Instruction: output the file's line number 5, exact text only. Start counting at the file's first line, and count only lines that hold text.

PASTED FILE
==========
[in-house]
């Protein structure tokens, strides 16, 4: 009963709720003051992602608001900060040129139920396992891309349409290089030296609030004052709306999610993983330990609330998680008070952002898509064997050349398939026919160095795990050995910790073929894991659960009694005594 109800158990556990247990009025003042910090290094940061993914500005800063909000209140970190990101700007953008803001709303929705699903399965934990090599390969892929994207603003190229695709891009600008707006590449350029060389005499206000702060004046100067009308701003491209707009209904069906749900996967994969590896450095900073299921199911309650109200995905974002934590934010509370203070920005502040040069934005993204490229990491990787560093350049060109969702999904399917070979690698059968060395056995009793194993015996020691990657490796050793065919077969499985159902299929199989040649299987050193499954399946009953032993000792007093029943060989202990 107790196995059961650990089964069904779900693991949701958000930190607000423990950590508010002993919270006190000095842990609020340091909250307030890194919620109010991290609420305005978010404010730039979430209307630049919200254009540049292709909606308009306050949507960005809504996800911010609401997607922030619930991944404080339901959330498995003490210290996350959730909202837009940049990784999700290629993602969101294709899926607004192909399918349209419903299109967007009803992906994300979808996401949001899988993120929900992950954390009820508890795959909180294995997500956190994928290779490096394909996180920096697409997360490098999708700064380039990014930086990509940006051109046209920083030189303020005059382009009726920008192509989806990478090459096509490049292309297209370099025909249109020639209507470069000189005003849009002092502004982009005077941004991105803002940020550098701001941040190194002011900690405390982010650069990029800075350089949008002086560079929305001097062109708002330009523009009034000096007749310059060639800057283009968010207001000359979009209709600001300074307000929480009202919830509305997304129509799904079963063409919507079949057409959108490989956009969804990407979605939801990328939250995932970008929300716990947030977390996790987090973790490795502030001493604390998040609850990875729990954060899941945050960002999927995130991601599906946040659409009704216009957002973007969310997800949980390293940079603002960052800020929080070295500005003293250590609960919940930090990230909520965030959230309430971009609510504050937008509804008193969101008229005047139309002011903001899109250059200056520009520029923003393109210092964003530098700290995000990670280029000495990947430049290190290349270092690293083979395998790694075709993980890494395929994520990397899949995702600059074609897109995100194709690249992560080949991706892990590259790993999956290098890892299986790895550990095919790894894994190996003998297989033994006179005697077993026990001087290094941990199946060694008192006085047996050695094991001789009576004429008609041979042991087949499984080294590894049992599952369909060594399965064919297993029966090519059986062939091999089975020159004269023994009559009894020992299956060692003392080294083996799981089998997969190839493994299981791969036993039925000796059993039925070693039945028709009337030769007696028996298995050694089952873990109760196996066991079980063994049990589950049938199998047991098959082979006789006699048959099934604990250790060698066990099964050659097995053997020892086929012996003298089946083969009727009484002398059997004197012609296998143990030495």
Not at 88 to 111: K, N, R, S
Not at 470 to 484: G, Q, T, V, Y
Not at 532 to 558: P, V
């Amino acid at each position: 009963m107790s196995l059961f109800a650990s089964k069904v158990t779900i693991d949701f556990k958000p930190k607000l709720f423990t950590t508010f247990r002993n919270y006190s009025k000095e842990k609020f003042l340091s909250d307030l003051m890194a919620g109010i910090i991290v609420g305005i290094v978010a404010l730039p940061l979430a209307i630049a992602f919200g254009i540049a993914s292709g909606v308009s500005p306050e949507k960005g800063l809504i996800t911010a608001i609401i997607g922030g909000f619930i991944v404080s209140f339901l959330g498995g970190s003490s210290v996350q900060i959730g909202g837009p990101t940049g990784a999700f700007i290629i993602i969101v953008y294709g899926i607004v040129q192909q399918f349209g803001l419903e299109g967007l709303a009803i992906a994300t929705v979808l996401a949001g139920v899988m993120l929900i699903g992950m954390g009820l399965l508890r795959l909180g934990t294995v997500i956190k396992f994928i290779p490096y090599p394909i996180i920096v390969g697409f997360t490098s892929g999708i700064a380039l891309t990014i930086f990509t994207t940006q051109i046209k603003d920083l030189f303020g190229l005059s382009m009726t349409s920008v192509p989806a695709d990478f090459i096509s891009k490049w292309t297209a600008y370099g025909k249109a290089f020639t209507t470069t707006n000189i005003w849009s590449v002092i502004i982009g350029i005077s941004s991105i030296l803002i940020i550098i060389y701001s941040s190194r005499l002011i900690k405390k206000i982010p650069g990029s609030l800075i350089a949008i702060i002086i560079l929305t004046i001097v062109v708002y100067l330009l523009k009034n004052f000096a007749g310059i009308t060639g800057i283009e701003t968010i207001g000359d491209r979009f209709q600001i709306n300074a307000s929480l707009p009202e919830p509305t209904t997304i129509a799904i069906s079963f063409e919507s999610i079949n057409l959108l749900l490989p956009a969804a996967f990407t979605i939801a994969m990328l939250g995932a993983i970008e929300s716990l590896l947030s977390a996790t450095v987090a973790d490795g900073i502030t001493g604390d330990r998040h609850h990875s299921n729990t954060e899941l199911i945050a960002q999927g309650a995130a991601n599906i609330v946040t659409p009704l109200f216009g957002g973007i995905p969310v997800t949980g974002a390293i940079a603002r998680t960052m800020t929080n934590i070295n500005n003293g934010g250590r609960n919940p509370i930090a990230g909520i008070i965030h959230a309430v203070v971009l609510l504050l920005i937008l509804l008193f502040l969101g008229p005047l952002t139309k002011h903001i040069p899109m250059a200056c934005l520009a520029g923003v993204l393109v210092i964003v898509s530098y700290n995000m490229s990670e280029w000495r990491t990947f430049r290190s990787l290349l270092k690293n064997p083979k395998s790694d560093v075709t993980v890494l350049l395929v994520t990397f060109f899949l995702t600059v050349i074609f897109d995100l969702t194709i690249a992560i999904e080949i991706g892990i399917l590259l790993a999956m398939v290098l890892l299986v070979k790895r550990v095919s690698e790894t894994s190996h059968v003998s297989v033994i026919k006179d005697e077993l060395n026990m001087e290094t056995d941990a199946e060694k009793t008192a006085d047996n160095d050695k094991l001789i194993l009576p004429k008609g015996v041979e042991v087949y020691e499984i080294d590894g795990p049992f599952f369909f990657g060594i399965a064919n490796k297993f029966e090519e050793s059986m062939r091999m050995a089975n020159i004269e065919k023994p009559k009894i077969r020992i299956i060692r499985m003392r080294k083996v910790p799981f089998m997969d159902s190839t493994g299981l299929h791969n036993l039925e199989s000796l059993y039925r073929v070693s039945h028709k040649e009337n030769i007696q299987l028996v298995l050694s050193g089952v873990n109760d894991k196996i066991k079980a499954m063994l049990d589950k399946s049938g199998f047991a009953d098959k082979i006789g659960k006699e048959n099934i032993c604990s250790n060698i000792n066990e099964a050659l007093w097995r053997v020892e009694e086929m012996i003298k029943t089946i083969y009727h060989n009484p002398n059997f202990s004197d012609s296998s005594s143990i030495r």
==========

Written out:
Not at 532 to 558: P, V